Towards healthier chocolate?

Related tags Chocolate Antioxidant Mars

Confectionery giant Mars is one of several food companies
collaborating on a new research project designed to provide more
information about phytonutrients, beneficial compounds found in a
range of products, including chocolate.

The US Agricultural Research Service (ARS) has launched a database on the web for phytonutrients known as 'proanthocyanidins' - a subclass of flavonoids - in 206 selected foods.

Phytonutrients - the most common being vitamin E, carotenoids, flavonoids, isoflavones and phytosterols - are beneficial compounds found in plant-based foods and are widely studied by the scientific community because of purported health benefits.

Proanthocyanidins are abundant in certain fruits, nuts, beverages (such as red wine and purple grape juice) and even some chocolates. Those in cranberries, for example, may help protect against urinary tract infections. Other health associations of these powerful antioxidants include a reduced risk of cardiovascular diseases, cancer and blood clotting.

Scientists with ARS' Beltsville Human Nutrition Research Center released the food-composition resource this month on the web. Collaborators include scientists at the ARS-funded Arkansas Children's Nutrition Center (ACNC), Mars, and cranberry supplier Ocean Spray Cranberries.

ARS researchers, led by chemist Ronald Prior at ACNC, adapted an earlier method for analysing proanthocyanidins in foods. They used it to analyse them in nationally representative food samples procured by the NDL. "The new compilation is based on acceptable data extracted from reviews of existing scientific literature, as well as data analysed by researchers at ACNC,"​ said the scientists in a statement this week.

Mars said that the ARS study shwoed that the proprietary handling and processing techniques its used to produce some of its cocoa and chocolate products - principally the Dove and CocoaVia bars - were the most effective at promoting heart-healthy chocolate.

Dr Mark A. Kelm, a research chemist with Mars who has been working with the ARS scientists for several years, released more detailed information from the database research which showed that Dove Dark Chocolate Bars, CocoaVia Bars and Cocoapro cocoa powder contain much higher amounts of flavonoids than the averages that appear in the comparable food categories detailed in the USDA-ARS database.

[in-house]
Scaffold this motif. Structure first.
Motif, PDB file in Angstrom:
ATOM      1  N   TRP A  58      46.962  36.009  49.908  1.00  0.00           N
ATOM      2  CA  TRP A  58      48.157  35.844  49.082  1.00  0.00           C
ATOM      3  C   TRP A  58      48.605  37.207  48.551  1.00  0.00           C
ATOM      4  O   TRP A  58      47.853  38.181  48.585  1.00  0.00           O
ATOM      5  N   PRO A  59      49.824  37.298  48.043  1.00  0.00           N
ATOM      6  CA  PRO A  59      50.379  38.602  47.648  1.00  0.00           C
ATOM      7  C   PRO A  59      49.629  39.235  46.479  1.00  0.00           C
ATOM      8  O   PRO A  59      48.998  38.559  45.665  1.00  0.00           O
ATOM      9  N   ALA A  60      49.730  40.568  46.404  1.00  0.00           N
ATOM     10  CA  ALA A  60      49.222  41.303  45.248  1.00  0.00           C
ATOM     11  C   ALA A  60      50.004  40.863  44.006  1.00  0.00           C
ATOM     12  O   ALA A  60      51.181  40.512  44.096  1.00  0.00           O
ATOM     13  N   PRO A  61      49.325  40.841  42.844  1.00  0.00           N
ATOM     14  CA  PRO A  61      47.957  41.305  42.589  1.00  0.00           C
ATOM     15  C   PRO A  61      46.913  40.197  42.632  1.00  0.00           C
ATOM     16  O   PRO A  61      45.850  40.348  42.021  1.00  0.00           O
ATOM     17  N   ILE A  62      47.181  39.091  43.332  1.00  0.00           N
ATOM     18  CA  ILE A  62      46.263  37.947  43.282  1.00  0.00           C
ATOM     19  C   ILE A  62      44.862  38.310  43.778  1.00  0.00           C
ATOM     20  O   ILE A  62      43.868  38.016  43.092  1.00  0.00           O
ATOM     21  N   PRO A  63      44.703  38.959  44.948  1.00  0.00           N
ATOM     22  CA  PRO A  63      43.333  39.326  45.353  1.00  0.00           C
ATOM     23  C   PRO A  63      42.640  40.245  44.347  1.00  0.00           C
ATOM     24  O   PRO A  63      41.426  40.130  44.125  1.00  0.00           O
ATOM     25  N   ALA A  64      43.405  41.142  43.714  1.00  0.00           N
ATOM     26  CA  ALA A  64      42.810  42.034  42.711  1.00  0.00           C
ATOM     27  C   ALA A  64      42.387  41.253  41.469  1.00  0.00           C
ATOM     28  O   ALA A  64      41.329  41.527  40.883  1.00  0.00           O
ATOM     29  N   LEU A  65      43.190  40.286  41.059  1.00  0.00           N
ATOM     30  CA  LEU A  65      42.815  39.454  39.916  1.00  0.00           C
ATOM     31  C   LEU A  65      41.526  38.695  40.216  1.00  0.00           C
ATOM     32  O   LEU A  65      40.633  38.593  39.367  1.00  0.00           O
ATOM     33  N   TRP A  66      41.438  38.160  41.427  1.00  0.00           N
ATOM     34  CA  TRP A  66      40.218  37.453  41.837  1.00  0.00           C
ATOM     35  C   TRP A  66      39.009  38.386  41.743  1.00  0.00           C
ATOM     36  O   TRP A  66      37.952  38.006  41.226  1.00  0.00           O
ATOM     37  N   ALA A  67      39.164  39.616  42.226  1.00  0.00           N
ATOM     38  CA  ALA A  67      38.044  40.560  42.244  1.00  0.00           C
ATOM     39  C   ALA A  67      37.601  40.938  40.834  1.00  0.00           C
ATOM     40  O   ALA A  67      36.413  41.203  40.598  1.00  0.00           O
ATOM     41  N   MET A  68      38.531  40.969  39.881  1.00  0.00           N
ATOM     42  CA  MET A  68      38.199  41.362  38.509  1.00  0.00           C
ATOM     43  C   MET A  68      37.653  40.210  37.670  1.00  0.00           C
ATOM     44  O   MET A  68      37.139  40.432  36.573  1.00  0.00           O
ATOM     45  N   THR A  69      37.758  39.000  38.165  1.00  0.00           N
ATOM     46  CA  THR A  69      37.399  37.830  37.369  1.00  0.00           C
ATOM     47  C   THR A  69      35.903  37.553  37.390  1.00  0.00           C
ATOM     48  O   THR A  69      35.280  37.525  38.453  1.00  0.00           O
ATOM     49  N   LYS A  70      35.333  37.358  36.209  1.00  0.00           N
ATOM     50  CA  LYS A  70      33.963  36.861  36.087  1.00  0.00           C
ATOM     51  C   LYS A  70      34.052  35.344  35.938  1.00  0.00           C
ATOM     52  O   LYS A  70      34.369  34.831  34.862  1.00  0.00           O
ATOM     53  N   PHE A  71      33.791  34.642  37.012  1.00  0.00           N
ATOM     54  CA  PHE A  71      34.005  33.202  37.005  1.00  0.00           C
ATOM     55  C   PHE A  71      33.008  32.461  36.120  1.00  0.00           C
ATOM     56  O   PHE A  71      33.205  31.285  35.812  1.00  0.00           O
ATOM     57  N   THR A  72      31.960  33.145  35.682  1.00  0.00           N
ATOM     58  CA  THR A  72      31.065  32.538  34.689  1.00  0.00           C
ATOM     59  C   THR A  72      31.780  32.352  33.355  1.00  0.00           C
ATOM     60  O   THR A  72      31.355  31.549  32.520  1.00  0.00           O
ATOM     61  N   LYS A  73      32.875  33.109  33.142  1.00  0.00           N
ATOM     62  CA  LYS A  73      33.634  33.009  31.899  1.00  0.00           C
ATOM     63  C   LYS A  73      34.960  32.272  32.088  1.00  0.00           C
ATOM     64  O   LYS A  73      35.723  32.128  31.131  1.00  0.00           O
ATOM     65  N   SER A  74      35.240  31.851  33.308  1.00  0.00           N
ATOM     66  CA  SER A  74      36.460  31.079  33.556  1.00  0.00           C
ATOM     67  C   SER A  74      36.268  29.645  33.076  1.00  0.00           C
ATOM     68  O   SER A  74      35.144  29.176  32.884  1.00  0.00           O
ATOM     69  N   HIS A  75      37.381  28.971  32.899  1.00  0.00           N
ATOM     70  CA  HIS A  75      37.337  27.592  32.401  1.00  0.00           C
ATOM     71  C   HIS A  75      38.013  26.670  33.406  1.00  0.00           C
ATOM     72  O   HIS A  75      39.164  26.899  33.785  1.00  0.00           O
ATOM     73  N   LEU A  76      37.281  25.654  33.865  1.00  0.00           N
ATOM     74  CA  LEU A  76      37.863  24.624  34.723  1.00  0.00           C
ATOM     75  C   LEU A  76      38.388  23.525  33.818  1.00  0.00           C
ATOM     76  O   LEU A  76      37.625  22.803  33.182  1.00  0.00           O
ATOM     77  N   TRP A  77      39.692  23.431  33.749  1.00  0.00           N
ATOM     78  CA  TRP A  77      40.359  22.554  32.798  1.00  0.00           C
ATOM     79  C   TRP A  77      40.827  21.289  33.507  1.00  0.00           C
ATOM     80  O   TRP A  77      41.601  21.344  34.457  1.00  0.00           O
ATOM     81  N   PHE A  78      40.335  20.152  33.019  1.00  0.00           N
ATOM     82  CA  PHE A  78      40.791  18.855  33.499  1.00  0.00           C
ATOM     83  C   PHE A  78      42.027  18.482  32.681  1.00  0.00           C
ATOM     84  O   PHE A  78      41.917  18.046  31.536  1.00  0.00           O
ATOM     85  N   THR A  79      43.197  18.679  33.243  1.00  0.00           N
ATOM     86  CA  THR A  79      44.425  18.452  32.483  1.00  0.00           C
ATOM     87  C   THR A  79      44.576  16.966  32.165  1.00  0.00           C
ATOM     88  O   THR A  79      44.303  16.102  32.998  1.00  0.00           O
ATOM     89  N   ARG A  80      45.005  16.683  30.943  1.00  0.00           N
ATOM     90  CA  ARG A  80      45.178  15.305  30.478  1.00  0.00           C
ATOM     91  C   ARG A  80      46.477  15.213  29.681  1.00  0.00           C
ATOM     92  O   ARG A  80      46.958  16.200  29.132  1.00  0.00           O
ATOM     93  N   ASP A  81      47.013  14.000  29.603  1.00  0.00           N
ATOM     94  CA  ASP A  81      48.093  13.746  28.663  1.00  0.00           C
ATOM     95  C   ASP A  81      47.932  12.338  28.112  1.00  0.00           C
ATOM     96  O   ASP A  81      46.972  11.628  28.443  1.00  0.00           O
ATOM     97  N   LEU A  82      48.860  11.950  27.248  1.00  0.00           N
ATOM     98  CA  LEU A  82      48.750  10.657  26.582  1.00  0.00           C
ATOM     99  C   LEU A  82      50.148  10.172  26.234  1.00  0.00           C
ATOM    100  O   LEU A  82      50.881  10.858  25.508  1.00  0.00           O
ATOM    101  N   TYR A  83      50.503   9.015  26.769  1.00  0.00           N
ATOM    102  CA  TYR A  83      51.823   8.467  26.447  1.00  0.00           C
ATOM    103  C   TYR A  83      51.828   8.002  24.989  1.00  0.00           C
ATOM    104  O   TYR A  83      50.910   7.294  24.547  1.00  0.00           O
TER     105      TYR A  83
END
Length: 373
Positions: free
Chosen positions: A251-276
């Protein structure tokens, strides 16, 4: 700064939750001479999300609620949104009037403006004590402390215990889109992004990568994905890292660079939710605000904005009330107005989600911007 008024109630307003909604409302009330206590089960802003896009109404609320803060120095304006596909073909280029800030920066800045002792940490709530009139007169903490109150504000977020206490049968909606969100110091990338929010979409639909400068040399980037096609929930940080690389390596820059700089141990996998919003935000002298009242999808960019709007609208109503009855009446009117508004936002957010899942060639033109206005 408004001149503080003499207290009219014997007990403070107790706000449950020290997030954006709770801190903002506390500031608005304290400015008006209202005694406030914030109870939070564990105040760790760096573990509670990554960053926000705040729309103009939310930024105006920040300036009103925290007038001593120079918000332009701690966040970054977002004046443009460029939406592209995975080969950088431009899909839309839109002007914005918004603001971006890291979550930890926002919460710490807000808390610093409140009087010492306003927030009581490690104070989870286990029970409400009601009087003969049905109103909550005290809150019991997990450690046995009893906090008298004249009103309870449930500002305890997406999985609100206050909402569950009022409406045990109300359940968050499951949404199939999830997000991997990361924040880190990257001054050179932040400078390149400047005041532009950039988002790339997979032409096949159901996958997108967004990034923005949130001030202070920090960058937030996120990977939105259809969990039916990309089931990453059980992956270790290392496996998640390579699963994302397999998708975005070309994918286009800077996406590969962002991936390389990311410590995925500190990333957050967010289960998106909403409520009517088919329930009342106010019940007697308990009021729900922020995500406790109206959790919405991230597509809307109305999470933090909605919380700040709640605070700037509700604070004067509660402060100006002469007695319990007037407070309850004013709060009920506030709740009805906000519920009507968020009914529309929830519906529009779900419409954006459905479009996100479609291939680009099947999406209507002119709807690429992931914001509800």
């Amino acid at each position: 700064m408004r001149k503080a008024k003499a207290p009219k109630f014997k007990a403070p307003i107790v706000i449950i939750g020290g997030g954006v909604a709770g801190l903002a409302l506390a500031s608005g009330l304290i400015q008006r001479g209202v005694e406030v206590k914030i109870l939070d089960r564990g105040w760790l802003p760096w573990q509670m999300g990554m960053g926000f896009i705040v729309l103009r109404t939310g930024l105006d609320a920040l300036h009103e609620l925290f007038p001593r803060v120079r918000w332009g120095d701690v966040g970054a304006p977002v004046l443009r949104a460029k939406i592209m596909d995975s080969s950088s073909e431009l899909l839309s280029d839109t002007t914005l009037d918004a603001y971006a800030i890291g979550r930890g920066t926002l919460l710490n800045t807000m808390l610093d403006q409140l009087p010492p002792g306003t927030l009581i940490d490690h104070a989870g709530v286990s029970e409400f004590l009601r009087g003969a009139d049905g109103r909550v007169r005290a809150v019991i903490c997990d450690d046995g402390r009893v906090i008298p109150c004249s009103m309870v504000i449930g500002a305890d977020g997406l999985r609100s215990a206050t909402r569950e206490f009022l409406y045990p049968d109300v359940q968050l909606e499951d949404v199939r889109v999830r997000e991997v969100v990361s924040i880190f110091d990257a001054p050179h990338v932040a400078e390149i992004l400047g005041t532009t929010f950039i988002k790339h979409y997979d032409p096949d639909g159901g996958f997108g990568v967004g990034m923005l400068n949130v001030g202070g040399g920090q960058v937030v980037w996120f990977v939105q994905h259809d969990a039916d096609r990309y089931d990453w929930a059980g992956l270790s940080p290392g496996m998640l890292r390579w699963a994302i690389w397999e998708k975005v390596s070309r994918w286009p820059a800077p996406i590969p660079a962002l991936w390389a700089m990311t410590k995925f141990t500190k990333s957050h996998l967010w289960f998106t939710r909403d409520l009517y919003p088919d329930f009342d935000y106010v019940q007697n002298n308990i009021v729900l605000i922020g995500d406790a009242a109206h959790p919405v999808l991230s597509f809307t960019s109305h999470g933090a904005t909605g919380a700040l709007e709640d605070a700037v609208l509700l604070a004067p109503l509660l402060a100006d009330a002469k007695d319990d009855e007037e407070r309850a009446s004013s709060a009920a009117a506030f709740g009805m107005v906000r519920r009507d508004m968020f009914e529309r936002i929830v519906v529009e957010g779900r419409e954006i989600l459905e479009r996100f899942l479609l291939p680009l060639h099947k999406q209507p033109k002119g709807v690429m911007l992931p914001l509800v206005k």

"Mars applauds the tremendous scientific effort and teamwork represented by the release of this USDA-ARS database,"​ said Dr Harold Schmitz, director of science at Mars. "Not only did Mars help develop the methodology to test for these compounds which was then adopted by ARS, but this partnership has helped Mars better understand the value of preserving flavonoids in cocoa and chocolate products."

He added: "This database allows consumers who are interested in heart healthy compounds like flavonoids to more easily find foods that can contribute them to the diet."​ Which will, of course, do no harm to Mars' profits in today's health-conscious environment.

As if to underline this point, Schmitz stressed that all chocolate was not created equal, suggesting that rival products (including, it should be said, others produced by Mars itself) would not necessarily have the same high flavonoid content.

"We are releasing more data because we want to tell the rest of the story,"​ he said. "Mars has spent nearly 15 years researching cocoa flavonoids to develop the patented and proprietary Cocoapro cocoa process to retain much of the naturally occurring flavonoids in our products. This additional data bears that out."

The new database​ complements several other databases, including a flavonoids database developed earlier by the NDL, and will impact previous estimates of the total flavonoids in foods. For example, the range of proanthocyanidins (PAC) in various small apples is between 70 and 140 milligrams each, but the sum of other known subclasses of flavonoids in the same samples is only about 5 to 13 mg.

PACs, or condensed tannins, have been identified as the active component responsible for inhibiting the adhesion of certain bacteria to cell walls. This has been postulated as the mechanism behind the cranberry fruits's ability to fight urinary tract infections. These are caused by bacteria in the stool and foods that alter the properties of the foecal bacterial flora may be able to reduce the risk of the disease.

Related topics Ingredients Chocolate

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